by Richard Ellmann
2013, originally published 1987 • 736 pages • Vintage
How do you evaluate a biography?
Different books do different things, but few have so specific a goal as the biography. A biography seeks to illuminate one human’s life; any adaptive readings… well, that’s what historical fiction is for. Group biographies do require a thesis (why do these stories need to be told plurally instead of singularly?) but the singular biography, especially the singular biography about an Important Literary Figure, needs no such explanation for its existence. And if the biographer doesn’t make themselves known or makes themselves intrusive (which are both two sides of the same coin), then I never really feel like a biography is a product of a specific biographer—it seems like just the facts, ma’am.
When I read nonfiction, I feel like I turn into my friend Science Princess, who is so enchanted and fascinated by our world that fiction holds little allure for her. Whatever literary flaws they possess usually get a pass, because I’m learning! After all, I’m a fan—I’m well-used to stripping narratives down for spare parts and scant representation. At least reality has a marrow for me to strip down to.
Or seems to. Even the most determinedly neutral treatment of a subject is still, well, subjective, due to the human biographer functioning as the vector between “reality” and reader. Richard Ellmann’s magisterial 1987 biography of Oscar Wilde (a description stolen from Jenny, because it’s absolutely the perfect adjective for this book) feels authoritative and neutral. I could feel how thick the book was even reading it digitally, bouncing between my phone and my laptop. Chapters start with quotes, which always feel a little ominous and dated to me, like oak furniture. And the sweep is, simply, epic, beginning in the careers of his parents
The great disappearing act of Ellman in the text comes from what actually makes his Oscar Wilde so authoritative as to earn a Pulitzer. Namely, his casual evocation of Aesthetic atmosphere and frank depiction of Wilde’s sexuality, which were either lacking or conspicuously overlooked in previous depictions, contemporary and posthumous, of Wilde’s life. (Must all depictions of queer sexuality be “frank” to make them palatable to heterosexuals?) I began reevaluating my bedroom in the context of his lavish descriptions of Wilde’s even more lavish interior design. While Ellmann occasionally falls into the trap of trying to explain what made Wilde gay, he nonetheless treats Wilde’s love life with something like tenderness. It’s the only Wildean thing that really survives into the 1997 biopic based on the biography, which is otherwise a marvel of cliches. His obvious affection for his subject makes even Ellmann’s errors believable. Ellman attributes Wilde’s death to syphilis (oh, how decadent), when it’s more likely that an ear infection and meningitis is what did him in.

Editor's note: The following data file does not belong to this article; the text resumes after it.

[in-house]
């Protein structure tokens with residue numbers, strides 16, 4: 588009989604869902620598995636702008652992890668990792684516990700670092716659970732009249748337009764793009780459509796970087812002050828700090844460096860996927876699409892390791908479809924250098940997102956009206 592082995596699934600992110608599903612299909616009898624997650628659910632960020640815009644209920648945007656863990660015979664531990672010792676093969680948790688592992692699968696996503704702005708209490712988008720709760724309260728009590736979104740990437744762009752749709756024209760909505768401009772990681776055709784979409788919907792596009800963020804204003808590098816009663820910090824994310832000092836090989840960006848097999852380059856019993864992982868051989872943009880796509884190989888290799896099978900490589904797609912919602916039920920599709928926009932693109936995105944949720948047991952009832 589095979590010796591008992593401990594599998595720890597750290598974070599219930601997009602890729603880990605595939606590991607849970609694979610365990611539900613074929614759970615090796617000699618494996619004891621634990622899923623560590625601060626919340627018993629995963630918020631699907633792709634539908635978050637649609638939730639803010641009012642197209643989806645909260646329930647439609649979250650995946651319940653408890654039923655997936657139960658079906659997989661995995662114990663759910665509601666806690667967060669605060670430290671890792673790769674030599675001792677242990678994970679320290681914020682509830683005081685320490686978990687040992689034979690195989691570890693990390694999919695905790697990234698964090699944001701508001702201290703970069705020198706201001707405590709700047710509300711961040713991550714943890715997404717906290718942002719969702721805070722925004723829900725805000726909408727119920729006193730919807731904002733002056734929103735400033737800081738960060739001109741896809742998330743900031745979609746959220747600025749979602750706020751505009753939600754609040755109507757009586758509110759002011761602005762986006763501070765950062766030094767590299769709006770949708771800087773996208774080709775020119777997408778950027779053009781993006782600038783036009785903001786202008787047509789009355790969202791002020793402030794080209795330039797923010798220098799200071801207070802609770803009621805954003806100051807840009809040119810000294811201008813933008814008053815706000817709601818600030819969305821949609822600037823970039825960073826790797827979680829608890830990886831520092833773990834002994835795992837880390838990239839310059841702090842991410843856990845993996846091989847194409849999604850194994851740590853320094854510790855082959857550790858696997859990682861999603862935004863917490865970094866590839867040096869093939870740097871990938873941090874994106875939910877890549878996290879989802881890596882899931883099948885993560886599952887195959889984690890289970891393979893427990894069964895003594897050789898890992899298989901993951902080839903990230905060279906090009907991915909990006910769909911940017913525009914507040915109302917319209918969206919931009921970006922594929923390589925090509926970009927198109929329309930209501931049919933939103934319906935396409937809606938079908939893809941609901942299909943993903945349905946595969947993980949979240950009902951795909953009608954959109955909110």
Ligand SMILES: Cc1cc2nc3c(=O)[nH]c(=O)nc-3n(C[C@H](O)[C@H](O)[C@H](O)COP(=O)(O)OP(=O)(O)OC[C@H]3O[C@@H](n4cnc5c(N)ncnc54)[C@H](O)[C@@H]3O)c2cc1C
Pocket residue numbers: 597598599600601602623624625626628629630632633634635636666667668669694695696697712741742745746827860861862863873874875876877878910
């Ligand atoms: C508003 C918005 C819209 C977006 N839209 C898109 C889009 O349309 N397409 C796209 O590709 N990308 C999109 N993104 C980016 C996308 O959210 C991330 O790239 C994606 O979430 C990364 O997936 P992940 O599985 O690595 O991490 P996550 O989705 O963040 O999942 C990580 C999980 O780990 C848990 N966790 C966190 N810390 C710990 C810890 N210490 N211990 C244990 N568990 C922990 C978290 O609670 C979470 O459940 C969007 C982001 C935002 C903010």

The legacy of the Ellmann biography (or just the Ellmann, as Cass and I have been calling it during our correspondence concerning our current Queering Wilde series over at Queerly Seen) is a fond and contested one. The OSCHOLARS website hosted a retrospective of the biography in 2007, asking academics to discuss the book, its impact, and what it could have done better. So much for neutral, I suppose.
And, despite knowing all of that, I’m still left with biography as teachable moment rather than biography as specific literary act, far more enamored by the content of the stories I have been told rather than their determinedly neutral vehicle. There’s Jane Wilde, Oscar’s astonishing and ferociously Irish mother, who was bemused and painfully astonished at her translation into mother after the literary and political success of her youth; there’s Wilde and Bosie breaking up on a hotel lawn for the umpteenth time; there’s the touching, quiet devotion of Robbie Ross, Wilde’s first male lover and one of his staunchest friends. I kept barking out passages not for their stylistic glamour but to tell stories about Sarah Bernhardt.
So—I revise my initial question. Can a biography make a sharper point?
Oh, of course it can. I think this is incredibly possible, especially in the wake of having read Joan Schenkar’s Truly Wilde, a biography of Oscar’s niece Dolly that, among other things, grapples with a lack of documentation, but that’s a review for another week, kittens.
I rented this digital book from the public library.